Dresden porcelain is recognized in the antiques industry as the hallmark of good taste and fine German porcelain manufacturing.
German hard-paste porcelain was produced in the Meissen factory, so Dresden is also known as Meissen, and it began very early, in 1710 in Dresden/Saxony, present day Germany. The Chinese developed a product called porcelain that the Europeans desperately wanted to copy.
Known for the hardness of a rock and the beauty of a shell, manufacturers could not figure out how, indeed, it was made.
The secret of porcelain, the ultimate ingredient being kaolin, was discovered and copied by alchemists and physicists in 1707, opening up the market for Germans to produce a hard-paste porcelain, ripe for the hungry European markets
In the early 1700s, the Dresden factory made dinnerware, figures and more, and the demand and flow of business began to pick up.
Dresden-decorated porcelain was popular, and in 1731, a sculptor named Johann Joachim Kandler developed a decoration called onion pattern, which was widely copied and admired.
The porcelain has a mark of crossed blue swords for antique identification purposes.
We take porcelain and the secret that it holds for granted in modern times, but in the early 1700s, Dresden dominated European porcelain manufacturing until about 1756, when it was surpassed by the famous Sevres French porcelain, known for very high standards of excellence in production and quality.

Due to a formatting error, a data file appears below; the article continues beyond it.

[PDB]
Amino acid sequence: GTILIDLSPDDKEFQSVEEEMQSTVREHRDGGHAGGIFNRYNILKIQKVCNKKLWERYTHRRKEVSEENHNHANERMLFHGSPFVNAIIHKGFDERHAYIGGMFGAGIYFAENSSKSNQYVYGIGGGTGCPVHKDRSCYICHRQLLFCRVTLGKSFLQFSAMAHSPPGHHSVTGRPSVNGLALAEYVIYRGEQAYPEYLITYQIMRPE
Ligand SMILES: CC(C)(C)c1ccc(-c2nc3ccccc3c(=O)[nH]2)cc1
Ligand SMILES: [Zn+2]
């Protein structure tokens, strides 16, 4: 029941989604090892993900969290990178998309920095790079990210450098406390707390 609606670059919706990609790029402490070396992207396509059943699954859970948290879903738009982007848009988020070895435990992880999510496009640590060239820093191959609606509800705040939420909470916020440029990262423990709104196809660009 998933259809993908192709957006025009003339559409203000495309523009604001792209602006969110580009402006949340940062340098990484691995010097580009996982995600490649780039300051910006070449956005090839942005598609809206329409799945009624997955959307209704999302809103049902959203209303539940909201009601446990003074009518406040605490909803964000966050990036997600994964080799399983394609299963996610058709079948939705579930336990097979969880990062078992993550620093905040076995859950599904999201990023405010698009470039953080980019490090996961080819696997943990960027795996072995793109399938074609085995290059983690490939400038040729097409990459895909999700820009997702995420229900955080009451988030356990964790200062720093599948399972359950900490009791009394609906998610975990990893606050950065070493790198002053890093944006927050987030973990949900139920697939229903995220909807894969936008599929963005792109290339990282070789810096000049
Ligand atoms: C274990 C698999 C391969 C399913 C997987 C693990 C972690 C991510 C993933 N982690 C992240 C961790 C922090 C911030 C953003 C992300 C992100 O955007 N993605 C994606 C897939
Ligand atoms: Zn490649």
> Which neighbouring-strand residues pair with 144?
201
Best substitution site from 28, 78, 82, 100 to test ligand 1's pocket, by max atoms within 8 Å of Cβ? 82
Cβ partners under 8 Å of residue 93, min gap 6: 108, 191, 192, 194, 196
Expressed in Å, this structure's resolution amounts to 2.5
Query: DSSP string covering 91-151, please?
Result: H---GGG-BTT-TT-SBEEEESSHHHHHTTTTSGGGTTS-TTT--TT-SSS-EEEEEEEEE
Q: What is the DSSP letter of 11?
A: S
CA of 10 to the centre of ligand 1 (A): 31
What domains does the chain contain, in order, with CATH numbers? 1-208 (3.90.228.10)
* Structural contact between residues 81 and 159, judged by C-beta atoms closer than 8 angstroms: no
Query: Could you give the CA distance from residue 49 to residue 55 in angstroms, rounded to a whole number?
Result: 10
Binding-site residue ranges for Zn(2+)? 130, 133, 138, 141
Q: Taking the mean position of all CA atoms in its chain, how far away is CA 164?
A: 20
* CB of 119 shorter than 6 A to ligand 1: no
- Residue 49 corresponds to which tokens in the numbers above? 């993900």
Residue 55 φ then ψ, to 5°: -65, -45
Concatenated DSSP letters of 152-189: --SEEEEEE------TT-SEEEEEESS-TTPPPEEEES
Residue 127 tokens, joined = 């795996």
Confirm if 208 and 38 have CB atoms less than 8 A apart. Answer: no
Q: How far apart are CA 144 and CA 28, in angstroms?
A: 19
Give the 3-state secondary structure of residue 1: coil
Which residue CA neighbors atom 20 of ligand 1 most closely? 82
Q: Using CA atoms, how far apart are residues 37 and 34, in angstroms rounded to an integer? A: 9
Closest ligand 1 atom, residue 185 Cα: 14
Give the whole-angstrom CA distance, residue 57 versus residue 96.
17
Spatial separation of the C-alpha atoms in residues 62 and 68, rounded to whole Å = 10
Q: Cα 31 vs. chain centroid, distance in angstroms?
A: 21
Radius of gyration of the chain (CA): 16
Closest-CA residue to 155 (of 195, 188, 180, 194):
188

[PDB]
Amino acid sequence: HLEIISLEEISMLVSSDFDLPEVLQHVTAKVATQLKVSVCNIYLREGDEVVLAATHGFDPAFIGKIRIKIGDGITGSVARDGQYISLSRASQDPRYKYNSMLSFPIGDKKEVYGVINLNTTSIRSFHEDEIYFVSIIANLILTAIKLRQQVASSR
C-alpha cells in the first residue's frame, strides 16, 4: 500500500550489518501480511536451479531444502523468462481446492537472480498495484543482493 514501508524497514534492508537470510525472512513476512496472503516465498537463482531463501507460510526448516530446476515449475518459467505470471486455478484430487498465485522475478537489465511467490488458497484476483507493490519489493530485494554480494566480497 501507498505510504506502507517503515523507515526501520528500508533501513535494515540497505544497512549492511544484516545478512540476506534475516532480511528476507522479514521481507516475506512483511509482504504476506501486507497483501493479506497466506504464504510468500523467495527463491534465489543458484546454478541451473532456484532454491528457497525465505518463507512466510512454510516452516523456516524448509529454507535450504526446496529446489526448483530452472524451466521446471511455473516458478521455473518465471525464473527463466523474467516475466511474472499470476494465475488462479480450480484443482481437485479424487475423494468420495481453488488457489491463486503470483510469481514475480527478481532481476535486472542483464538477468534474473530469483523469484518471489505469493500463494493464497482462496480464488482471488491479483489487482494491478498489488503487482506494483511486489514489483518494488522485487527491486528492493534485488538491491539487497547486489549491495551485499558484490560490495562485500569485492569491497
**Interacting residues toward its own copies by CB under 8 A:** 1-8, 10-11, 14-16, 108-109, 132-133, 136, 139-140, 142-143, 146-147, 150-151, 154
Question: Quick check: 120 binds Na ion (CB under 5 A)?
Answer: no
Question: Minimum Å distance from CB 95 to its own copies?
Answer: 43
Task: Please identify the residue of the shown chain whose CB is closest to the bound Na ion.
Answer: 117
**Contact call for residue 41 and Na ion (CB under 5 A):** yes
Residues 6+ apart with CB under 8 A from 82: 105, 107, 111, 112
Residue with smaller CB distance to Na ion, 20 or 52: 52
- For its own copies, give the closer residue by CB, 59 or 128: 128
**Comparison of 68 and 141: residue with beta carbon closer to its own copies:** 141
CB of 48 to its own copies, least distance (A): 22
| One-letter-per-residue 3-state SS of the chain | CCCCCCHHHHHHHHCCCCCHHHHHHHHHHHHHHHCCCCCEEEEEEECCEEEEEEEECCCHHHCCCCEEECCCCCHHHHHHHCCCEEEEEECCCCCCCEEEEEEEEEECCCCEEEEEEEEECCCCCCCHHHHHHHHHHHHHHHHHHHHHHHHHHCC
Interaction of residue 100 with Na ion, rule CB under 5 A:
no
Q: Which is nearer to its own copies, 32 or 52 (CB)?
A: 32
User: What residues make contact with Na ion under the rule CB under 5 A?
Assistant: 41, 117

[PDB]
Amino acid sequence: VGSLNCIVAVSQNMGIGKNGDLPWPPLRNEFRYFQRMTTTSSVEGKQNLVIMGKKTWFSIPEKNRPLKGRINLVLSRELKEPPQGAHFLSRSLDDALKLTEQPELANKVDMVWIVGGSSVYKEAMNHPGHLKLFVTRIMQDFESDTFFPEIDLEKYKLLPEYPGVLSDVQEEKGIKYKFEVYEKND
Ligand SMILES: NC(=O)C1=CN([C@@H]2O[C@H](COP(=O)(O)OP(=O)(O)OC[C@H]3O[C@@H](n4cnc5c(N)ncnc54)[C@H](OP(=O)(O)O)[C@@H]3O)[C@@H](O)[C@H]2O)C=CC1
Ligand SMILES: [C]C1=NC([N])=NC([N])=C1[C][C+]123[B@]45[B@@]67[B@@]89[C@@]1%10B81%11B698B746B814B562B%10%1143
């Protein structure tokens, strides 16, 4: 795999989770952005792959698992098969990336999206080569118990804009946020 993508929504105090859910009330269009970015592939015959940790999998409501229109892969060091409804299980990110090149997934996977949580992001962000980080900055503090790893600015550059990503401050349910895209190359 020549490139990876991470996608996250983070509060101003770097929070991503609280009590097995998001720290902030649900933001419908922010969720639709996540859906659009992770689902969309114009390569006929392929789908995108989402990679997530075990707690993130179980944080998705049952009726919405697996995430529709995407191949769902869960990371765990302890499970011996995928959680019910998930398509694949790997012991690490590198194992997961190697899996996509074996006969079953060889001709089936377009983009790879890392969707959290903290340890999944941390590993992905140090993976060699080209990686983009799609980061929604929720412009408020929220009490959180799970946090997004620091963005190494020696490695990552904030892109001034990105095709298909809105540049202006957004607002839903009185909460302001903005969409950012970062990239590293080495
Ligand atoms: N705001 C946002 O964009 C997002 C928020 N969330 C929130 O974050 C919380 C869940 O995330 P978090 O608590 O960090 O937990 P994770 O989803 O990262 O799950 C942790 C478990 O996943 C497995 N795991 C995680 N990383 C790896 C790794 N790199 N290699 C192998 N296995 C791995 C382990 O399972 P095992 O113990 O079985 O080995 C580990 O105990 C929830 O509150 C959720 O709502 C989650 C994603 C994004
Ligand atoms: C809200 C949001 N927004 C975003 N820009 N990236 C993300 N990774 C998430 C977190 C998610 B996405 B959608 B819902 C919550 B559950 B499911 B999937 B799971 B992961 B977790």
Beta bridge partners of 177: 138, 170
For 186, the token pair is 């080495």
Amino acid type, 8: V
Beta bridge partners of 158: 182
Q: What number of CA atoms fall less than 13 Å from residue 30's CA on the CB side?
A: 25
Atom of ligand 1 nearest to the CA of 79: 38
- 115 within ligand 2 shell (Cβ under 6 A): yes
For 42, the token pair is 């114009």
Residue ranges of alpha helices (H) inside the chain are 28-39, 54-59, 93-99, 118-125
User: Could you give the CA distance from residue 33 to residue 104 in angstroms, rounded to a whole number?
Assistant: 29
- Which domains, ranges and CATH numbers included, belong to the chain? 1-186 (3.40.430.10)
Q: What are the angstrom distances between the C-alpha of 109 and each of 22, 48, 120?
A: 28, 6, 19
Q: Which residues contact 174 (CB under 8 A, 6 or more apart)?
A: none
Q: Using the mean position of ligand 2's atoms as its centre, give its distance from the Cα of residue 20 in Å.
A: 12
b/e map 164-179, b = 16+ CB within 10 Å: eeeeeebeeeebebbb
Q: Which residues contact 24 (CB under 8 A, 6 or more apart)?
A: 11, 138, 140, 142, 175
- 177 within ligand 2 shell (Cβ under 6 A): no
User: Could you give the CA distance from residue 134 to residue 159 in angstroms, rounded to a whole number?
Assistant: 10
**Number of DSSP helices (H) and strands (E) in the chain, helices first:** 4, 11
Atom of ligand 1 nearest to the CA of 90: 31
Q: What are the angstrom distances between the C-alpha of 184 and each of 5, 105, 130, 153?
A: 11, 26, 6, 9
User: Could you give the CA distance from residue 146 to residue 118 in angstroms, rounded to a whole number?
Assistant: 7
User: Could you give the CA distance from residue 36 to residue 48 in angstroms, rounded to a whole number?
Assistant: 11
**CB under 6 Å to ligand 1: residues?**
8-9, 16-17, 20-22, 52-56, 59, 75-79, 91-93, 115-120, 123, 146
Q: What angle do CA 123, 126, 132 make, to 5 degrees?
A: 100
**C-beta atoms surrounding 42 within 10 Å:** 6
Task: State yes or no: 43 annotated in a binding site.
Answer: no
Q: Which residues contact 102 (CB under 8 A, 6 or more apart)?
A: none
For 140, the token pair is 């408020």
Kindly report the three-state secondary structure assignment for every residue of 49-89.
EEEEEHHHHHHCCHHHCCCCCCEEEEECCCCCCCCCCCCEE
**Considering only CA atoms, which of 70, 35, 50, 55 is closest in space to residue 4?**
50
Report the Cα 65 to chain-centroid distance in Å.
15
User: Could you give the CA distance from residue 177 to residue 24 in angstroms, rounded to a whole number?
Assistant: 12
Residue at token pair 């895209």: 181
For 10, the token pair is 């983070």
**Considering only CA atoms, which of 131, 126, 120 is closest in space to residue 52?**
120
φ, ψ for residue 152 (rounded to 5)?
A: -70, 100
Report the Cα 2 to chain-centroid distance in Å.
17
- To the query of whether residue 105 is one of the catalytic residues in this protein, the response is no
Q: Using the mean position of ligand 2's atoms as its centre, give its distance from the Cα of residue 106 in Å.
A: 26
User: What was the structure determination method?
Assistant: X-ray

During the early 1880s, the use of the Crown Dresden stamp was used by decorator Helena Wolfsoh, and the crown stamp was registered as the official mark for all Dresden wares, no matter the content.
It is very important to find marks on antiques, usually on the bottom, that identify glazer signatures, dates, symbols and more information that allows a current market to indentify and price an object.
Dresden eventually would go on to support decorating shops throughout World War II, when the entire operation was bombed due to Allied engagement in German territories. In 1945 a devastating bombing campaign killed many people, destroyed Dresden, and brought it to ruins, destroying much of the product, including the factory and operations in that region of Germany.
Eventually, the factory and operations were rebuilt, but it would take a long time, as Europe recovered from the terrible theatre of war.
Many people know Dresden for a famous technique that the company developed, called Dresden lace.
It is very hard to find a piece that is not damaged, but the process involves creating the illusion of real fabric on the figures that Dresden became famous for in production.
Actual lace would be delicately dipped into porcelain slip, fired to hard, leaving a burned off lace, porcelain shell, frozen in time as an exact replica of the original.
Dresden porcelain is known for superb craftsmanship, beautiful, detailed patterns, and excellence around the world.
The company has gone through many changes that have challenged it, from the copying of a porcelain formula secret, a complete bombing of the city in which it was manufactured, and the modern attempts at relevance in the porcelain market.
(Editor’s note: DeeDee Wood is the store manager at Tharpe Antiques, in Easton, part of the Talbot Historical Society.)